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Christ’s Words for Our Leadership Crisis

This week the blog is sponsored by Desiring God and the post is written by David Mathis.

Some doomsdayers might say the church has a leadership crisis.

Perhaps a previous generation gave its presidents (and pastors) too much benefit of the doubt. But is that still our temptation today? Our criticisms of recognized leaders, cynicism toward them, conflicts with them, and controversies about them fill our feeds, queues, and real-life conversations. Are we becoming a society of discontents trying to take it to the man?

Whether in the world or in the church, both a fascination with and a negative mood toward our leaders and celebrities (we’re increasingly unable to draw clear lines between them) pervades our age. Many today are confused, and for good reason. Stories of use and abuse abound, and multiply, with the aid of our technologies.

While our list of what to beware grows longer and longer, do we have any corresponding list of (more positively) what to look for, and pray for, in our leaders?

No Confusion from Christ

For Christians, we have our conflicts and controversies to grieve and address, but the risen Christ has not left us to confusion for what to expect, pray for, and hold our leaders to account for. Scripture has a lot to say about our current crisis.

To my count, 1 Timothy 3 provides fifteen requirements for pastor-elders — the lead or teaching office in the church. Another list (again I count fifteen) comes just pages later in Titus 1, with most of them mapping on precisely to the first list. Added to that, we have, among others, 1 Peter 5:1–5; 2 Timothy 2:22–26; Hebrews 13:7 and 17; and the words of Christ in Mark 10:42–45.

Jesus has not left us without clarity.

Paul Really Knew

For more than a decade now, I’ve given unusual time and attention to lingering over the pastor-elder qualifications. Not only am I a pastor seeking to regularly rehearse what Christ requires of me (and grow, with his help, in these graces), but since 2012 I’ve been assigned “the eldership class” at Bethlehem Seminary. This class is typically a cohort of 15–16 seminarians, training to be vocational pastor-elders.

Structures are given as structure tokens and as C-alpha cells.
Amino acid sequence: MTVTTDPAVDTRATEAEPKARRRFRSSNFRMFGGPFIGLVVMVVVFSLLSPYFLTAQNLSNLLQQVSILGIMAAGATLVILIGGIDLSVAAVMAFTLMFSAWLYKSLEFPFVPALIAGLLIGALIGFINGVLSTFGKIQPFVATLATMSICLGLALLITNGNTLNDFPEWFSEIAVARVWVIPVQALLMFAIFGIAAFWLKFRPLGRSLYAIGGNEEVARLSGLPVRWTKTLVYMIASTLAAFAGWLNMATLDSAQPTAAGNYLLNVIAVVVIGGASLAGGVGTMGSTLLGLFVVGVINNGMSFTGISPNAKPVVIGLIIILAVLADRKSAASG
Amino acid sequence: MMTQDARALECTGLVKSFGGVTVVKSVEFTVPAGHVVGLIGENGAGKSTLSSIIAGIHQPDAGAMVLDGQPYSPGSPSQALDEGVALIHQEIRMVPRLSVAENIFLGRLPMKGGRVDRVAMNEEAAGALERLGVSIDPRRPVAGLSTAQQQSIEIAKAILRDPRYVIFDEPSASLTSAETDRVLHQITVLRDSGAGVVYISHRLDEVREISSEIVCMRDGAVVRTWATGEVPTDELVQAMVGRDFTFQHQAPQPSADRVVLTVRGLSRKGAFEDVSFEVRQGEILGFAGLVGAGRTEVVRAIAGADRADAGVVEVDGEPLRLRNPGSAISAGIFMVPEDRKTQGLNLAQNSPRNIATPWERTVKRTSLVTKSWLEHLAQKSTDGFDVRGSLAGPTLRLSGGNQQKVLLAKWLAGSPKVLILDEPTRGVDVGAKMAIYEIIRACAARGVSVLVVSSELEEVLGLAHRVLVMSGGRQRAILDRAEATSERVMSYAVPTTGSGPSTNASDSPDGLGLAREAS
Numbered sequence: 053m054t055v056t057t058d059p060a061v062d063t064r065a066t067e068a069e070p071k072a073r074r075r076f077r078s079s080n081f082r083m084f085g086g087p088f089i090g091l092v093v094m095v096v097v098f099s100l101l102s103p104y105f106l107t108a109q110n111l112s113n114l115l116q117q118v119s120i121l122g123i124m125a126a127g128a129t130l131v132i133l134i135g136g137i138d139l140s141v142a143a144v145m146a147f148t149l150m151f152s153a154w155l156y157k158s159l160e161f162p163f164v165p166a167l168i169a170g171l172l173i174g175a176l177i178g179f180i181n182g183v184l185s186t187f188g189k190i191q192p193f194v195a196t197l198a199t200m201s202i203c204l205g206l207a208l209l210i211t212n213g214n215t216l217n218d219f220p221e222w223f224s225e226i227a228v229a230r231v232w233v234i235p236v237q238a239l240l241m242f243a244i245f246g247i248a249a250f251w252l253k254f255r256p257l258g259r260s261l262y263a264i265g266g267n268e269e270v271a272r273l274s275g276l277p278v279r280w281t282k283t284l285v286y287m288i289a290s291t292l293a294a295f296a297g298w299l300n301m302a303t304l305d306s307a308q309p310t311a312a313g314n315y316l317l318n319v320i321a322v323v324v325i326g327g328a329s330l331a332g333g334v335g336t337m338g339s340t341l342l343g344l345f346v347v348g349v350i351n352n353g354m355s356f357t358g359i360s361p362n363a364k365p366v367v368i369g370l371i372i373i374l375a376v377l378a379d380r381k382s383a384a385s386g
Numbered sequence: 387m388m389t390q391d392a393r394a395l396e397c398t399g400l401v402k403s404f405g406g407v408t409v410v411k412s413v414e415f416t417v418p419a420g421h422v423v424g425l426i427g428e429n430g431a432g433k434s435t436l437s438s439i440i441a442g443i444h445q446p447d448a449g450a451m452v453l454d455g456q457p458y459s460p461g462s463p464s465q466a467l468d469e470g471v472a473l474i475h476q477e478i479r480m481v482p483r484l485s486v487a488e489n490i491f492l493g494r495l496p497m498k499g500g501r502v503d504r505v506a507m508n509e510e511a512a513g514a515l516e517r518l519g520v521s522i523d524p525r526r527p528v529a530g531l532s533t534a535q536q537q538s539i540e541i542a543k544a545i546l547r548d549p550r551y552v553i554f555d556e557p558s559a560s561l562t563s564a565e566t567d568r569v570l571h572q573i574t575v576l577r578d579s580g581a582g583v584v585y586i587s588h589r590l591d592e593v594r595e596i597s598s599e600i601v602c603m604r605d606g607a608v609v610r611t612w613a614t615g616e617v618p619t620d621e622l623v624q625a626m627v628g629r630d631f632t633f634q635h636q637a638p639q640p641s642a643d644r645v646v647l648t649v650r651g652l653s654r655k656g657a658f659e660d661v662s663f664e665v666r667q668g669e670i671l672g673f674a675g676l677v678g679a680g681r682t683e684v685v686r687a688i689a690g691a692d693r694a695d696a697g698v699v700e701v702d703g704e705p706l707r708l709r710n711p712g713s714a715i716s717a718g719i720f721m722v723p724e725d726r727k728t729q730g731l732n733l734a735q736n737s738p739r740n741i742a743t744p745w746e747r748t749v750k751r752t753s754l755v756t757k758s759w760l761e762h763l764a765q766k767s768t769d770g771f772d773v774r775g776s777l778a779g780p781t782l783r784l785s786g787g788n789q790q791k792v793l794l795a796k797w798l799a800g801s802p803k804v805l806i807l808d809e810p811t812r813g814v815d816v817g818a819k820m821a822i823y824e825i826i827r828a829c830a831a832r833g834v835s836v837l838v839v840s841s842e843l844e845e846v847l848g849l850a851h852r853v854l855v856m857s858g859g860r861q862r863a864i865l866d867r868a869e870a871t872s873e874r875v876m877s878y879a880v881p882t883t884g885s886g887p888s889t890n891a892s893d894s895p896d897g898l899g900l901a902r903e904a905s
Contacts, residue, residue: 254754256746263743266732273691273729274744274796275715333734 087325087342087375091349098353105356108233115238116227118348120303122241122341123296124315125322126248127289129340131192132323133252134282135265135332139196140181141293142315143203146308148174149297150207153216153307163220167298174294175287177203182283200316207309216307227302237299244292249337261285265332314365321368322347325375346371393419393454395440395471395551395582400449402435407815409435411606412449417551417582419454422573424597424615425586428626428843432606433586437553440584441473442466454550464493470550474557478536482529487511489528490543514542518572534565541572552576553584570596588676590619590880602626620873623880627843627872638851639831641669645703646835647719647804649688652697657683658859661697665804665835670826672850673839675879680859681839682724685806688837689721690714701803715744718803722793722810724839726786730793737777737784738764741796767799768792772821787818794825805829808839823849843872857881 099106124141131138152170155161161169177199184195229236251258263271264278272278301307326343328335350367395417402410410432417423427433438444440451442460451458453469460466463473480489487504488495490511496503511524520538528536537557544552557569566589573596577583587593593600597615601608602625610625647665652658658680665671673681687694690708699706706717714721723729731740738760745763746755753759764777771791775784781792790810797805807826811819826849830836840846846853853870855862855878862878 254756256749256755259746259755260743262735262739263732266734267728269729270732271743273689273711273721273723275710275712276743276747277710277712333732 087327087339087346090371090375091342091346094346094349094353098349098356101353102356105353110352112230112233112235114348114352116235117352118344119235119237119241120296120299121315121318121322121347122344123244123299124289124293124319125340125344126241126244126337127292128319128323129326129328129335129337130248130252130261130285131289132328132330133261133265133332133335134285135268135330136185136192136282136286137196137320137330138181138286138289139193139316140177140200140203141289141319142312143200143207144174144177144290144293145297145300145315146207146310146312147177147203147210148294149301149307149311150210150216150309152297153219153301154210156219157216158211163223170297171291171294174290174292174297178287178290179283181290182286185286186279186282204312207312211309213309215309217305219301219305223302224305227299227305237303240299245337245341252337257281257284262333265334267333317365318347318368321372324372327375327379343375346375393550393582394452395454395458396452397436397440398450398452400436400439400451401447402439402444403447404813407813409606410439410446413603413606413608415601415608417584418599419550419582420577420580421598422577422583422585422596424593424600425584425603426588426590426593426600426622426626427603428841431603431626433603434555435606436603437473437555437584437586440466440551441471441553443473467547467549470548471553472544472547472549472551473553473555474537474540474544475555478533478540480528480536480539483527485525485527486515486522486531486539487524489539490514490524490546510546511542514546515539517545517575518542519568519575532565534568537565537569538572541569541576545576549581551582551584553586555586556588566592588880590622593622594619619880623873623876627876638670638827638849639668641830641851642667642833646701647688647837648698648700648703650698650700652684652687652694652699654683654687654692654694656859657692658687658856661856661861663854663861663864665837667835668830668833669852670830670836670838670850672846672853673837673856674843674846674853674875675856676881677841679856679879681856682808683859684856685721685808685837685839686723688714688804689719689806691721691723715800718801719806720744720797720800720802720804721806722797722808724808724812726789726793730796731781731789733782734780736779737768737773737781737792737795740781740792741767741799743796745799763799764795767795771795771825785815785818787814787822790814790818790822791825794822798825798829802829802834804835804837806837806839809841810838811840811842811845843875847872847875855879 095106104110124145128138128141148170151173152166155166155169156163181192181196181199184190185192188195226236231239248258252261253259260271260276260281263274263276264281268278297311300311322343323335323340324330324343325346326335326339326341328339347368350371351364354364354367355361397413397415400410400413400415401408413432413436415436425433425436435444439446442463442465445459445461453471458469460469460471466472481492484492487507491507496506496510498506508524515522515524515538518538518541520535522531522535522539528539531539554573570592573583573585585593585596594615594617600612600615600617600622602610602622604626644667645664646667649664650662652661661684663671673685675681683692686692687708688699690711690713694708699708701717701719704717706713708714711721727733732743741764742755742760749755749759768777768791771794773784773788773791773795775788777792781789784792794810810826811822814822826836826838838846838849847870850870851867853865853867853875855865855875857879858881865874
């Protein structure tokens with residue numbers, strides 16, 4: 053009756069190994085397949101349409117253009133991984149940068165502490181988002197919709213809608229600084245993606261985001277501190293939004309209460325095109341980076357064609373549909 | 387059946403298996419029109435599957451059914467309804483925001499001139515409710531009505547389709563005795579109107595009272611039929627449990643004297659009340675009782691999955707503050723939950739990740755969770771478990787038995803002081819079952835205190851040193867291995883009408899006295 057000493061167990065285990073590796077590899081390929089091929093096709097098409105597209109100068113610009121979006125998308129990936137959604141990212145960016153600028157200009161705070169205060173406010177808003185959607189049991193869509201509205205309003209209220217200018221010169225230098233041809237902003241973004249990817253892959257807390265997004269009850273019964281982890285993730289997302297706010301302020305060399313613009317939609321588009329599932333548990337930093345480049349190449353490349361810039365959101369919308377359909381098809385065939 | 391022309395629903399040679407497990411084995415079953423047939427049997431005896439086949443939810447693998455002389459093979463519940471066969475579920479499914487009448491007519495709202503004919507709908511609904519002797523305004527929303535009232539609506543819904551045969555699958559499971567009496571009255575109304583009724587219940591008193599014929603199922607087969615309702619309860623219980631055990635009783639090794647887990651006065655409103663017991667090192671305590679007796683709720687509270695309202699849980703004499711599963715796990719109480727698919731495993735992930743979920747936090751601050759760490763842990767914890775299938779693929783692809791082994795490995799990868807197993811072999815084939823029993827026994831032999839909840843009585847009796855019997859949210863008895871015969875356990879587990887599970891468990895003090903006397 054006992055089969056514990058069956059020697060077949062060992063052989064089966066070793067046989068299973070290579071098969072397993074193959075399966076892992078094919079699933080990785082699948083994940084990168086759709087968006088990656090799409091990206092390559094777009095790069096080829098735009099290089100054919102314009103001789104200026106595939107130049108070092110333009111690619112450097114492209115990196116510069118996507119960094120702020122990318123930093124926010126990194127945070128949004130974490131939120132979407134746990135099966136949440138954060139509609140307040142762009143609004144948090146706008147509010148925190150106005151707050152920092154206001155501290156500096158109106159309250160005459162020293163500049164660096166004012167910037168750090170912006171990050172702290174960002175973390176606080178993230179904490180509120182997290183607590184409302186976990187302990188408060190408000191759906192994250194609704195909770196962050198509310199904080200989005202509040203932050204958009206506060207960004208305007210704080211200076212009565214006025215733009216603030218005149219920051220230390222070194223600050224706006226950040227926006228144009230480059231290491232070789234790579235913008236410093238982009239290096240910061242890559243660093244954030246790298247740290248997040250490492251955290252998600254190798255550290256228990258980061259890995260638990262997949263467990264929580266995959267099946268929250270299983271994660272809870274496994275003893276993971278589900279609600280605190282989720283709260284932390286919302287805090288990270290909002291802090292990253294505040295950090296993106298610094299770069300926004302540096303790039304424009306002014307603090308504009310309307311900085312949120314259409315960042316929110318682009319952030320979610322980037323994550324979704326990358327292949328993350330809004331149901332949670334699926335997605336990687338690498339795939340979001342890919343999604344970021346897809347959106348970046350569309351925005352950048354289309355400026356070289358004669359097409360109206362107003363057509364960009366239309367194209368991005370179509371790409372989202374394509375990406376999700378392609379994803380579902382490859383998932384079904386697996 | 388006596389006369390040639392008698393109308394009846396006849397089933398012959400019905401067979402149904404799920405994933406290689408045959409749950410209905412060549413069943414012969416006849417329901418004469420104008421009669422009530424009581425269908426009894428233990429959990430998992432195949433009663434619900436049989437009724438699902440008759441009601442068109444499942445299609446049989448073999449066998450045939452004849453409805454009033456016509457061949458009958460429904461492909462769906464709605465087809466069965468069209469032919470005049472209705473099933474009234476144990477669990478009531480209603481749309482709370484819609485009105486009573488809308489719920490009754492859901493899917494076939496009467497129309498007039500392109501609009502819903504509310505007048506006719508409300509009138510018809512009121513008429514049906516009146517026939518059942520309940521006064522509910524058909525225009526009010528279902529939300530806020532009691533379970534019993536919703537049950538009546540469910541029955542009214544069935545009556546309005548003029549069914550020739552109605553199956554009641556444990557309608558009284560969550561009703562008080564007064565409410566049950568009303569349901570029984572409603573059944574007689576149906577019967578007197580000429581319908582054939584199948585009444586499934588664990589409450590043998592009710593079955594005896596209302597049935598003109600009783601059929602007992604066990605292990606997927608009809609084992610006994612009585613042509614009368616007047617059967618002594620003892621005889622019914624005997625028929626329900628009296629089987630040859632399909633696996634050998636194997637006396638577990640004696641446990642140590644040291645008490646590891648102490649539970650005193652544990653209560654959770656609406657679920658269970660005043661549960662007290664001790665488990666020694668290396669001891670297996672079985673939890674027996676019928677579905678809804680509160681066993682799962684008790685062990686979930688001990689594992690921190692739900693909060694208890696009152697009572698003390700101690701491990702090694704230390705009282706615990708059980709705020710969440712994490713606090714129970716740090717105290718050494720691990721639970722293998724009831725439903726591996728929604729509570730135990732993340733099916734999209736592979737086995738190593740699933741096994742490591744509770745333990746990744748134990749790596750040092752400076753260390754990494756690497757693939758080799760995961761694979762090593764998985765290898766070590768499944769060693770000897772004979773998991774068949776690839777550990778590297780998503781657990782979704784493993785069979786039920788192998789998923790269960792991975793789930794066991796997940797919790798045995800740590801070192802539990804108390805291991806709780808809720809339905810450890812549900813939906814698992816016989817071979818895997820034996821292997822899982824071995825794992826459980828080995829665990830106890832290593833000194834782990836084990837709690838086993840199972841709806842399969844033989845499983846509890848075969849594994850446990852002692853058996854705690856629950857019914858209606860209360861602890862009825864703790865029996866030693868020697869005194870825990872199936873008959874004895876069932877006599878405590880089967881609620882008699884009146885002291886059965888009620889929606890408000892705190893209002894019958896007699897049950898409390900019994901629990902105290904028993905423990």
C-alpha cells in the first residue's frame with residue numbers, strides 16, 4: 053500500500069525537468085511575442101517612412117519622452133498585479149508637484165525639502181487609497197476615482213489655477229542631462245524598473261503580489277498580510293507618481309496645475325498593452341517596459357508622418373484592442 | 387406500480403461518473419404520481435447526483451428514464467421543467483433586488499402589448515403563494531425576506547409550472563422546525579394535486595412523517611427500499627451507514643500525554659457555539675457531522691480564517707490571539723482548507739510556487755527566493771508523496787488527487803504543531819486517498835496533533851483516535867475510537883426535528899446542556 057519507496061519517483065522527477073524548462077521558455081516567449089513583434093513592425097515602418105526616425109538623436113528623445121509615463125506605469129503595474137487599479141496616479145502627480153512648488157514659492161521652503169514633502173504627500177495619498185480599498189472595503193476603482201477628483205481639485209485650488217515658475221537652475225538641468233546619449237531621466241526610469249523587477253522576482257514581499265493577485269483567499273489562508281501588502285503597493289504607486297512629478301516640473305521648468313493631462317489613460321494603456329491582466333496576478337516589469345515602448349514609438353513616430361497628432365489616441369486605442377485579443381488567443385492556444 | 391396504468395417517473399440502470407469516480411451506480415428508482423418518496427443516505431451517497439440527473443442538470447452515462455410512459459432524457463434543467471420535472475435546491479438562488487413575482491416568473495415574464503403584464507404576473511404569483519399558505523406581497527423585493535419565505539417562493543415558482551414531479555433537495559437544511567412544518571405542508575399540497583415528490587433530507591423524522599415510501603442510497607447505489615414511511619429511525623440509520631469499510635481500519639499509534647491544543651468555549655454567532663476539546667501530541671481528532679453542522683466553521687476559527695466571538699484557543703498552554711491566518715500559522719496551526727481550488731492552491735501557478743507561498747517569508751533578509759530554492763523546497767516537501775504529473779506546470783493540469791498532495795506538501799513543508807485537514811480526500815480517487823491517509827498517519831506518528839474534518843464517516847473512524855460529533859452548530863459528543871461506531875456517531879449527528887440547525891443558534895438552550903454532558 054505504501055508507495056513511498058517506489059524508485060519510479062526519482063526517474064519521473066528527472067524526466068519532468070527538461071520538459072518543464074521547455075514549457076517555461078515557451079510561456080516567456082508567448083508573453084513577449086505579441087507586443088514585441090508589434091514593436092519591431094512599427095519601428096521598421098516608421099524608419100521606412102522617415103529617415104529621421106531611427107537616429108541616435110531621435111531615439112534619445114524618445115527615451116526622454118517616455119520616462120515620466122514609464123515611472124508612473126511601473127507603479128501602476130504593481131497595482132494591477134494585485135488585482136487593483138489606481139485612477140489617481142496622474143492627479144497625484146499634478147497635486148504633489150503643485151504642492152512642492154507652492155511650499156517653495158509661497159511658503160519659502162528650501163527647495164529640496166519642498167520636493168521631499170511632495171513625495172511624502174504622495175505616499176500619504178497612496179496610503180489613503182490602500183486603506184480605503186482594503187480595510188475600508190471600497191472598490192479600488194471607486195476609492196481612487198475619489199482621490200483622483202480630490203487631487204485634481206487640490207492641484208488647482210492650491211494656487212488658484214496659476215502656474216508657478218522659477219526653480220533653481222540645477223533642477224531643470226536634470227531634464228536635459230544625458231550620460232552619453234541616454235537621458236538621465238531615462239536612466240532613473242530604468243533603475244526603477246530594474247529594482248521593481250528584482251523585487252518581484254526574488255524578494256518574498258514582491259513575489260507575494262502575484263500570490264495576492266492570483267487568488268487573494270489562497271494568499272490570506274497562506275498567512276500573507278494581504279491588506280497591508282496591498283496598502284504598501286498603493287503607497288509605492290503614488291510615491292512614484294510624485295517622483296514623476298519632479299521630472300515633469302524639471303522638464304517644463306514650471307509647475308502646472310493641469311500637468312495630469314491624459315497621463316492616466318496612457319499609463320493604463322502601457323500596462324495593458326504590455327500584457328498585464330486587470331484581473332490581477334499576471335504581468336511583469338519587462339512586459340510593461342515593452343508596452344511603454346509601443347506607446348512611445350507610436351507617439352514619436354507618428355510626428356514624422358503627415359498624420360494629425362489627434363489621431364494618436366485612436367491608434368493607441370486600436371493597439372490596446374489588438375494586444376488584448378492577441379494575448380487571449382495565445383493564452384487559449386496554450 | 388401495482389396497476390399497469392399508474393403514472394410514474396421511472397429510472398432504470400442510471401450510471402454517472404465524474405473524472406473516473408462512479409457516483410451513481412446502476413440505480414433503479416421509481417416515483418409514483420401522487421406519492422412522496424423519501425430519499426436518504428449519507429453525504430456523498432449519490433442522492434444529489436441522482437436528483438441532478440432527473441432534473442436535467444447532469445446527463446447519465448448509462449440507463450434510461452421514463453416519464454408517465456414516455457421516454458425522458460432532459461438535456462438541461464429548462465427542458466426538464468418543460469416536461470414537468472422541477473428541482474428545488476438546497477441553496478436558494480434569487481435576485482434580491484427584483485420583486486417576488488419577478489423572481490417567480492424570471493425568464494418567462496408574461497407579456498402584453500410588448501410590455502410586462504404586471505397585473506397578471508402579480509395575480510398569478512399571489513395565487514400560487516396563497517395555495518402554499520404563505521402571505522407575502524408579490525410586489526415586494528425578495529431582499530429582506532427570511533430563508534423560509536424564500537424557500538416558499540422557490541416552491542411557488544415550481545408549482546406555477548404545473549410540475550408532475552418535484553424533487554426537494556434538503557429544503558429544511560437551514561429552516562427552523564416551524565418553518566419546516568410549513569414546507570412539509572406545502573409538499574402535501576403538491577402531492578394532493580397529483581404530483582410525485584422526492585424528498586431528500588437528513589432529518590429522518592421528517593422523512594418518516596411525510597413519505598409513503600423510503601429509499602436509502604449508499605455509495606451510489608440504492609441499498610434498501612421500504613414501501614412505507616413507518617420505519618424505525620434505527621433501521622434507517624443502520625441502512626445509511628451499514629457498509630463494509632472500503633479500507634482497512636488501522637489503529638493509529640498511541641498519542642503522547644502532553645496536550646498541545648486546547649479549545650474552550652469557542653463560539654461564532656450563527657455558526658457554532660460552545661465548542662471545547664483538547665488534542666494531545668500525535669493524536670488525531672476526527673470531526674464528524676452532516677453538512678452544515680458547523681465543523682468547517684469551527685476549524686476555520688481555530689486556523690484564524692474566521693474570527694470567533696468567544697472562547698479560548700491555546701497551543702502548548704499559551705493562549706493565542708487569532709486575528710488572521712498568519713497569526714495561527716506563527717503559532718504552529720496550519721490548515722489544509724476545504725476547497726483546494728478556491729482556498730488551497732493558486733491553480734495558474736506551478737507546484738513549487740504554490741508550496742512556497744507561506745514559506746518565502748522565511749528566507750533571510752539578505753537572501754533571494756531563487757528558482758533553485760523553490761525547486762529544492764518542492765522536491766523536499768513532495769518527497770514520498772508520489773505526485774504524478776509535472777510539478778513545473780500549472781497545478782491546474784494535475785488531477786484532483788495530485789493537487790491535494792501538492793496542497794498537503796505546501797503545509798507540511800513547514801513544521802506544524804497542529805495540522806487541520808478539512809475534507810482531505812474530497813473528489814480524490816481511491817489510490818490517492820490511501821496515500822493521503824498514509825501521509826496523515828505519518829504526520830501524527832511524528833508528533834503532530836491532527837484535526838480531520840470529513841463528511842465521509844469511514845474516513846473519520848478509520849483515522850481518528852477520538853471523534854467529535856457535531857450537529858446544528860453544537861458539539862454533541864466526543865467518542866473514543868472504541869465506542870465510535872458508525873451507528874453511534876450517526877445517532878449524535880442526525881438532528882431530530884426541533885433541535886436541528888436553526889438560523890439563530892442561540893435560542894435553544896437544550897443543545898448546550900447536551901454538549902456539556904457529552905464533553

Over time, we’ve found the lists of 1 Timothy 3 and Titus 1 to be worthy of far more than a brief review or a single session of focus. In fact, in seeking to present to the class and explain what Scripture teaches, and what I’ve learned to be significant in pastoral ministry, I’ve found again and again that essentially all the relevant practical issues in preparing for eldership pair with one or more of the traits Paul lists in 1 Timothy 3 or Titus 1.

Imagine that. Paul really knew what he was talking about — not just as a list of prerequisites to become an elder but as a catalog of the kind of virtues that elders need day in and day out to be healthy, effective elders in the long haul for the joy of the church.

What Kind of Men?

Semester after semester, we have found much life, much to learn, much to say, much to discuss, and much to apply in these elder qualifications. For one, the graces mentioned here are not devoid of reference elsewhere in Scripture. Rather, in most cases, the Bible, from Old Testament to New, has much to say about these traits.

In studying these traits — and local-church leadership through them — I’ve come to organize the class (and now the book Workers for Your Joy) under three main headings: humbled, whole, and honorable. Or we might say, the devotional life (before God), the private life (before those who know us best), and the public life (before the watching church and world).

My hope is that such a study will be helpful, first and foremost, for current pastor-elders and especially for young men aspiring to the work. Under God, I’d love to see a new generation of pastors rise-and-fall proof their ministries, under God, long before the crises come.

But I also hope that congregants — church members — might enjoy finding new clarity about what they can expect in their pastors and hold them to. What does Christ call Christian leaders to be?

Christ has not left us without clarity. Christian leadership exists for the joy of the church. Such a vision may turn some of our churches upside down, first for pastors and then for the people. That’s the vision I hope to impart, and linger in, in Workers for Your Joy.


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